Dear Allegra readers, welcome to this week’s new #thread on emerging digital practices! Today’s post introduces not only this theme but also me, Minke Nouwens, Allegra’s newly appointed ‘Master of Collections’ and the driving force behind
the expansion of Allegra’s Virtual Museum of Obscure Fieldwork Artefacts (AVMoFA) onto Instagram.
The idea for AVMoFA’s expansion grew out of my earlier engagement with emerging digital research practices in anthropology – and hence it seems only fitting to celebrate this by revisiting some marvellous posts from Allegra’s archive. The posts in question have drawn our collective attention toward the social media and different app platforms as sites for rethinking our research and methodological practices.
Together these posts offer a moment for slowing down – for taking a break and looking back at ideas developed in earlier thematic threads. Simultaneously they offer the opportunity to look ahead and build upon commonalities toward new insights.
This frame of mind is also at the background of AVMoFA’s expansion. In short, the plan is to start embracing Allegra’s – so far rather passive – Instagram account as a key site for presenting research insights, and thus to offer the opportunity to experiment with Instabition (i.e. Instagram exhibition) as a new form of research dissemination.
In doing so, we are inspired by recent efforts by different digital platforms to seek out collaborations with visual media producers, and to thus provide them with digital spaces for artistic experimentation. Merely one example is offered by WeTransfer, which uses their homepage for presenting work from emerging artists. A while back Snapchat collaborated with Jeff Koons to rebrand itself by giving users the option to paste digital renderings of his familiar sculptures onto their own photos.
The hashtag ‘Instabition’ has quickly gained traction in Instagram as marking the outlet’s potential as a new space where emerging artists (particularly women artists) can present their work outside of, or counter to, established cultural institutions like galleries, art fairs, and museums. Thus digital platforms come to act as spaces of curation, display, and dissemination for artistic expressions, as well as places to question the boundaries of these digital environments and our behaviour towards them. These developments can find meaning and support also for our anthropological endeavours, opening up possibilities of engagement with others.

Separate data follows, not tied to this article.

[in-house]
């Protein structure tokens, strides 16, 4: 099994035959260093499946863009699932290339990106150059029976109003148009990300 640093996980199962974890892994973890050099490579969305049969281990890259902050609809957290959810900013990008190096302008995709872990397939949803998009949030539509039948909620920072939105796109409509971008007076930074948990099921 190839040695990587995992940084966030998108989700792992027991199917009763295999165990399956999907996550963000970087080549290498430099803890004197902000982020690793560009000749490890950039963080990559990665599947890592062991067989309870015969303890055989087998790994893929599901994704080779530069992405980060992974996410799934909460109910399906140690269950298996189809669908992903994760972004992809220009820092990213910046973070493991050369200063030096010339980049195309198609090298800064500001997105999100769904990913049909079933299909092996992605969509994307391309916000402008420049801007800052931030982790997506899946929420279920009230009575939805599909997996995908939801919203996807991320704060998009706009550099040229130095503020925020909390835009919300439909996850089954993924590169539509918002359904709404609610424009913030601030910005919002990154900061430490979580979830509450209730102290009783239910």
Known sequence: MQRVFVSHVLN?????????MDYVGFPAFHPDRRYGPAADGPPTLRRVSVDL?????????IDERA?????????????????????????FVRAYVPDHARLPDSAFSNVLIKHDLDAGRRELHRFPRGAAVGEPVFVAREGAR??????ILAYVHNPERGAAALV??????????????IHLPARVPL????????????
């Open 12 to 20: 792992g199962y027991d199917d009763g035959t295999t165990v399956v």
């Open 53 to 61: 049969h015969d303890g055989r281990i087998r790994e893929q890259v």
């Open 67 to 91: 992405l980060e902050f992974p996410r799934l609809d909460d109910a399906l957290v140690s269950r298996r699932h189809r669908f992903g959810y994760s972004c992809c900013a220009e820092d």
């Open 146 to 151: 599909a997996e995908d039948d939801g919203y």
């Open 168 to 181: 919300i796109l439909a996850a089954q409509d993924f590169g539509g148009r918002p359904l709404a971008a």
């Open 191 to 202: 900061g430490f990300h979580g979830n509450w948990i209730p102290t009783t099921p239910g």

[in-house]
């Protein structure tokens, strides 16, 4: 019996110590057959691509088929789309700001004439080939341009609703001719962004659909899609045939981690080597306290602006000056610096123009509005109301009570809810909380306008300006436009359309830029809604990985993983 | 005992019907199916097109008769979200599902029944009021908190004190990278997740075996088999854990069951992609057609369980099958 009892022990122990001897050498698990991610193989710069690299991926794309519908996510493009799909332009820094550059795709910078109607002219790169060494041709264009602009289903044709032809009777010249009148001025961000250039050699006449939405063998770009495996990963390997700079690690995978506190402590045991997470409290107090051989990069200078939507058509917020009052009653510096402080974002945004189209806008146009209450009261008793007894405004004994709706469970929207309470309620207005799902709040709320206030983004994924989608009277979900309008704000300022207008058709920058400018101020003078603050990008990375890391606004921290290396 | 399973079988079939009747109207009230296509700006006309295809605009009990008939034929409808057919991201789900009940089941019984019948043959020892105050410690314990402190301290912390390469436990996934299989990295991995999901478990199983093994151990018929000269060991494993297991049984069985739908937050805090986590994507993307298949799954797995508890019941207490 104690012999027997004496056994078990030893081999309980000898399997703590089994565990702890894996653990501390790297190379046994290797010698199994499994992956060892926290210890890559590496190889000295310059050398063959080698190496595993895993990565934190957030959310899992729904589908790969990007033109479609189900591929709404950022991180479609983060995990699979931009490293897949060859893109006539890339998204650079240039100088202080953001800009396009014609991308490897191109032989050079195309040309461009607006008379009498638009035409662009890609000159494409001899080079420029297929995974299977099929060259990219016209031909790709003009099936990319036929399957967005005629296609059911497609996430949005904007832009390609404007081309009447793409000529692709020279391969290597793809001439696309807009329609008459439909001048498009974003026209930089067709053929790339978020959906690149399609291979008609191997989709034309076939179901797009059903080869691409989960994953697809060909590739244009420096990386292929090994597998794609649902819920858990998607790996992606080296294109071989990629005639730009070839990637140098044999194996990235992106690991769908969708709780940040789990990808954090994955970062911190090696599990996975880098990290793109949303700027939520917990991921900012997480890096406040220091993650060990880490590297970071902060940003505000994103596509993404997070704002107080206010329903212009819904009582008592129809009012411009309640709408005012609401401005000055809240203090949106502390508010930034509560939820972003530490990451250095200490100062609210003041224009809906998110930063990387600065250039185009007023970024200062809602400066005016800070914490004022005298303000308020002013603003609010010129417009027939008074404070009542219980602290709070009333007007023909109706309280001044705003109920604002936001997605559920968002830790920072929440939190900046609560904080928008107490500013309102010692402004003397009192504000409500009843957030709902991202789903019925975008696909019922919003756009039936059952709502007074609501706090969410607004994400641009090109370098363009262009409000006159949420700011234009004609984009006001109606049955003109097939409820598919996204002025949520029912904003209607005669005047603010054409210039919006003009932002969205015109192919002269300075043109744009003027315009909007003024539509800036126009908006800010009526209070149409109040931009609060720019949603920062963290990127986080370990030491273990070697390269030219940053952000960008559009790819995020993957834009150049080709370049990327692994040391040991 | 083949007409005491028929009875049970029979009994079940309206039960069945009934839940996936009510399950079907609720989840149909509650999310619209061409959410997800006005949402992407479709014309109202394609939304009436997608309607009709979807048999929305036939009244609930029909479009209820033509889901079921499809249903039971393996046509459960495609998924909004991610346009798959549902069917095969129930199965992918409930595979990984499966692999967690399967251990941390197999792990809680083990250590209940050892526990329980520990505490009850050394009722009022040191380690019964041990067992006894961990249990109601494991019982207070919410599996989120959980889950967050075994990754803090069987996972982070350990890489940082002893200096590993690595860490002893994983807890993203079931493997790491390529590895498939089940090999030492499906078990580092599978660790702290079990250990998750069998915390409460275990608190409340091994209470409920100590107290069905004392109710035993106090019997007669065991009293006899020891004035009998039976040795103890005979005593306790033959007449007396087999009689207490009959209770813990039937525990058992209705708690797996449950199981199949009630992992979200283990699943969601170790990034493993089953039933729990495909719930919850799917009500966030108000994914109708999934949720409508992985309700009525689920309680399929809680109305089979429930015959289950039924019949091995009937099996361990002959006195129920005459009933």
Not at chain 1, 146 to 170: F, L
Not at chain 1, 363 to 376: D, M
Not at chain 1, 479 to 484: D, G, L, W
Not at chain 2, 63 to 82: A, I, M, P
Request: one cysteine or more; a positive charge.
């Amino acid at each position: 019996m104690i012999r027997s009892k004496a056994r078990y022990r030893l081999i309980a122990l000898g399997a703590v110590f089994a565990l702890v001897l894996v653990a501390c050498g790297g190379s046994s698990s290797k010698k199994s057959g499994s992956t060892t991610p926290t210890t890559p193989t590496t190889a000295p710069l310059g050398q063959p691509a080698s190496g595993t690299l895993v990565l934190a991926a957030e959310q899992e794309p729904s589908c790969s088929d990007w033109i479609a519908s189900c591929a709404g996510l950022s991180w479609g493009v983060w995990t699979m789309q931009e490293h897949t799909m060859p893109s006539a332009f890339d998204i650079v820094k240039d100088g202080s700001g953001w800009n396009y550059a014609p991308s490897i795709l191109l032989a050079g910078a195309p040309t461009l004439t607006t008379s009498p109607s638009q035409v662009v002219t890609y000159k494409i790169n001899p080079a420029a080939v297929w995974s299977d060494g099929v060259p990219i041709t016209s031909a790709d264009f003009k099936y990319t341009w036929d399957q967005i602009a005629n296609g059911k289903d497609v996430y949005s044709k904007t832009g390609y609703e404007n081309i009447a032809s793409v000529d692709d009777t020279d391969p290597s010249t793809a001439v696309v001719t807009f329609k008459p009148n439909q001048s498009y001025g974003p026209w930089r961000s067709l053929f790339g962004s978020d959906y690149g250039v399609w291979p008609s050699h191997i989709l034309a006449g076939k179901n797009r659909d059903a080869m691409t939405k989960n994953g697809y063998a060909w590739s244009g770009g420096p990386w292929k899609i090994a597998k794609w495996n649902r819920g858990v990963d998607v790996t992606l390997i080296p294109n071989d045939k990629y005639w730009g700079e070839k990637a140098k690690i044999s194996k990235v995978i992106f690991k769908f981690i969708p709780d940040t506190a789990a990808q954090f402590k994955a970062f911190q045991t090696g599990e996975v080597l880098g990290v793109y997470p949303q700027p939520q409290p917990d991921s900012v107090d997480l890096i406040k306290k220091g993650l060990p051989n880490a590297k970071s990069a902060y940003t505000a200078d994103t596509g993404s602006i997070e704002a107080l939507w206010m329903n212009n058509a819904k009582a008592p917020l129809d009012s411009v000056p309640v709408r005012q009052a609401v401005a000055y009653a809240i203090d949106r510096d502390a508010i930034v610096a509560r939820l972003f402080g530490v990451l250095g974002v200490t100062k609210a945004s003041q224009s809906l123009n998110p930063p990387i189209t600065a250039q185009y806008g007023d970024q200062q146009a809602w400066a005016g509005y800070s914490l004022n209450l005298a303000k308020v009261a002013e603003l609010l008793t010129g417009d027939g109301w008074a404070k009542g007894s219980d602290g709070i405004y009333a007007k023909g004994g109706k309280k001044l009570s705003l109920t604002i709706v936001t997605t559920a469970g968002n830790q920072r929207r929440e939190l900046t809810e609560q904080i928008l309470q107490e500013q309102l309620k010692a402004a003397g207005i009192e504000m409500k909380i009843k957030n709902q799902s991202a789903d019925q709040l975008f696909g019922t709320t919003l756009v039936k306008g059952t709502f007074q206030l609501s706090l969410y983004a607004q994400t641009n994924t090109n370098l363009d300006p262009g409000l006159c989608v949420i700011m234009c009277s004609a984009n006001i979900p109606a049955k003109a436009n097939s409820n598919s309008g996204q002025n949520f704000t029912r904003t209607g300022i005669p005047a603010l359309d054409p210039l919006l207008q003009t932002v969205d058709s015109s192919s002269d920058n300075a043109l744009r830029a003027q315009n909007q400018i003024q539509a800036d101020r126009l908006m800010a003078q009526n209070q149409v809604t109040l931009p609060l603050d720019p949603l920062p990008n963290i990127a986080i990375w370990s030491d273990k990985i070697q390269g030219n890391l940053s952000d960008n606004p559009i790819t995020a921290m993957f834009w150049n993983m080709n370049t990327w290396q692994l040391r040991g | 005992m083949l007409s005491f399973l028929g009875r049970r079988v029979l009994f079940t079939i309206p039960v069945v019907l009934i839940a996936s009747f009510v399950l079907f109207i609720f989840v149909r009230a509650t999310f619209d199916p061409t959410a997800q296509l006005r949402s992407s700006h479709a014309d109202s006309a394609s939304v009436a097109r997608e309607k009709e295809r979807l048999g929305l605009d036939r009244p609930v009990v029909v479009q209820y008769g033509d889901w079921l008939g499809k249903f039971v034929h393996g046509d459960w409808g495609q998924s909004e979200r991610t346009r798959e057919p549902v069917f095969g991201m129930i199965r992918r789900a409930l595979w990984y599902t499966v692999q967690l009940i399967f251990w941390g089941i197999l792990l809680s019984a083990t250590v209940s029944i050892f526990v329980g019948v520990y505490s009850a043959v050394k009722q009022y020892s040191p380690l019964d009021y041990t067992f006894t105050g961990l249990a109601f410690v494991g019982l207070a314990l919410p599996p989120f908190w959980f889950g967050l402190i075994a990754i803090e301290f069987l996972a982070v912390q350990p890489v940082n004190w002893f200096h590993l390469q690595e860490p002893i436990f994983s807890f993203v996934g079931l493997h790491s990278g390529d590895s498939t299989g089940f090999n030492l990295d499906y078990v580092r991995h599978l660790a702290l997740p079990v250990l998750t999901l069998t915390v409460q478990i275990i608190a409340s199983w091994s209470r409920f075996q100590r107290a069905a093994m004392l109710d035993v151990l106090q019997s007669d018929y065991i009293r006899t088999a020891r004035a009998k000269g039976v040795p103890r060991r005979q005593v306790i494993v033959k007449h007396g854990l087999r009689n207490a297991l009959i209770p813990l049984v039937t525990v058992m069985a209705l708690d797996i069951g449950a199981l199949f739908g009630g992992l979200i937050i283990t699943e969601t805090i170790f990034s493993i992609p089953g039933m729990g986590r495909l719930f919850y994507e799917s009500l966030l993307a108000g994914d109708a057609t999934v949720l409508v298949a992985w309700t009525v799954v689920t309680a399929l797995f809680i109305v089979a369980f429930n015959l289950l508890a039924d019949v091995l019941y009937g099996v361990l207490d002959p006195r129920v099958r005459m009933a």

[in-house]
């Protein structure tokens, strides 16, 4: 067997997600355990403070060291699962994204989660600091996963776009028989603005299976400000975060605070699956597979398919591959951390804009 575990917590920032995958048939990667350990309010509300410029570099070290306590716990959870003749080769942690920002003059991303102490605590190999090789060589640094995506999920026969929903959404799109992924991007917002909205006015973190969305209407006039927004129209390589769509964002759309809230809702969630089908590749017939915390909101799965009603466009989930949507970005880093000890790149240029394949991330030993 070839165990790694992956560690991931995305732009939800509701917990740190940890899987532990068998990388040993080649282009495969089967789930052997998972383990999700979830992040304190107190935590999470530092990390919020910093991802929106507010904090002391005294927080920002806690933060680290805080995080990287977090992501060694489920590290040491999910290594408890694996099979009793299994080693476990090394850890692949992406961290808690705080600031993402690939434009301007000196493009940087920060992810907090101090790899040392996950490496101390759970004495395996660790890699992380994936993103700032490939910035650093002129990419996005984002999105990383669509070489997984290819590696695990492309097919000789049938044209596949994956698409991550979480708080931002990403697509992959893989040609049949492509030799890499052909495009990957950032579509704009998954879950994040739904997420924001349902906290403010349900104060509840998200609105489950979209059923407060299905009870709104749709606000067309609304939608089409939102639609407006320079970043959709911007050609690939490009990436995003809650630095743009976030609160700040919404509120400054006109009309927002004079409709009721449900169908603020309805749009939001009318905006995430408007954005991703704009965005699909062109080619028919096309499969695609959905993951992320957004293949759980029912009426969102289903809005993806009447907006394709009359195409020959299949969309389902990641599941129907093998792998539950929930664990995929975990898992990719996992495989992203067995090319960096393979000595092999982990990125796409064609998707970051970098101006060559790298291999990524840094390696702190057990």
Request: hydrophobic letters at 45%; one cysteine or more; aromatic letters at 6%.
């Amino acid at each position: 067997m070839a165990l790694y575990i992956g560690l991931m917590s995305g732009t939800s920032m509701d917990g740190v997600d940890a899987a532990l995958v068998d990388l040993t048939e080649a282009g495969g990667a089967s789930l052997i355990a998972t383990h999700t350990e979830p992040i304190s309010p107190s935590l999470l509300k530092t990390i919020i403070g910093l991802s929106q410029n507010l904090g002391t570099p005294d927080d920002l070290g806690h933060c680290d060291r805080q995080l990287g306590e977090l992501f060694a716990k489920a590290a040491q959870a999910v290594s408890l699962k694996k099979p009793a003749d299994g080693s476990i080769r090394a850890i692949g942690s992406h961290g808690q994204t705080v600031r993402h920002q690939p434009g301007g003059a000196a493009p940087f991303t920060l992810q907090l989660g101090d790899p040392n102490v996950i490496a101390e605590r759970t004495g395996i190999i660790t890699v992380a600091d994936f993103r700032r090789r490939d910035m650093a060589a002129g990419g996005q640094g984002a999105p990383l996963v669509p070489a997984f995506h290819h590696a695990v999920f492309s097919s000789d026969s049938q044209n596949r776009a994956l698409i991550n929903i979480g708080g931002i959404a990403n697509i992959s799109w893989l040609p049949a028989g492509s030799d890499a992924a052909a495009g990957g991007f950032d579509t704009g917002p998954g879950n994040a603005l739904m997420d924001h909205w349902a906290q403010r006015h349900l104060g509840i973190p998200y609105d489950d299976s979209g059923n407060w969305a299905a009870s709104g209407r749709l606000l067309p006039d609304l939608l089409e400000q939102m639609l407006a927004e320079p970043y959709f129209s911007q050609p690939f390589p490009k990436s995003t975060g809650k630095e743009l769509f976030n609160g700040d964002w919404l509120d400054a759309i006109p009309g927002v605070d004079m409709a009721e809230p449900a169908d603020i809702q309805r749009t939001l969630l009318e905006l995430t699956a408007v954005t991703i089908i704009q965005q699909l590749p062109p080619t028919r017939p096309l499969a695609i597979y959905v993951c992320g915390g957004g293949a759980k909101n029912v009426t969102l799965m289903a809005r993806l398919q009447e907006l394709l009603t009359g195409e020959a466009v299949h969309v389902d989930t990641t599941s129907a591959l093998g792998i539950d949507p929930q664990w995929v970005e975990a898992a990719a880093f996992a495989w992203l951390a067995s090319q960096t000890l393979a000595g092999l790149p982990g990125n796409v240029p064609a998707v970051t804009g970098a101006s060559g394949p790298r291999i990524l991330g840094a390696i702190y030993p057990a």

AVMoFA’s Instabition will give visual anthropologists and artists the opportunity to explore and experiment with diverse materials. Simultaneously, AVMoFA joins a broader move to appropriate Instagram as a significant place for considering the role of visual representations in a digital space.
These initiatives awaken significant research questions – both of ethics and of substance. What happens when we turn an anthropological lens toward ourselves and our interlocutors via Instagram; how do we ensure interlocutor anonymity and respect the sensitive nature of our field sites? What happens to (research) photographs within an Instagram exhibition? How does the platform impact their meaning; how are connections to our research and public communities affected?
AVMoFA’s Instabitions offer a space for reflecting upon such questions in the form of written contextualisation, background information, additional poetic musings – or something else entirely.
To set things in motion, please join me in this delightful series from Allegra’s archives discussing both the use of visual representations in a digital age and the potential of other digital outlets and social media tools in research.
We start tomorrow with a redux by Rachel Douglas-Jones who took part in a Twitter experiment and questions the tweet as field note. On Wednesday we revisit one of our readers’ favourites, namely Anya Evans’s widely circulated essay on Tinder as a research tool in her fieldwork among Palestinians and Israeli settlers in the Occupied Palestinian West Bank.
On Thursay we revisit Allegra’s fieldwork thread from 2015 via Franziska Fay’s essay on what happened when she gave cameras to children during her field research in Zanzibar’s national “child protection system.” And on Friday we share Ilona Soujanen’s essay on the uses of Instagram, Facebook, and WhatsApp to develop an innovative way to study the phenomenon of happiness visually.
We will close this week with a call for images for our first Instabition experiment on Friday – so stay tuned!
If you have an idea you would like to play around with, please get in touch with me by emailing firstname.lastname@example.org with the subject heading “AVMoFA.” And, lastly,
do not forget to follow our Instagram page to partake in the various Instabitions we have in store for you!
See you soon,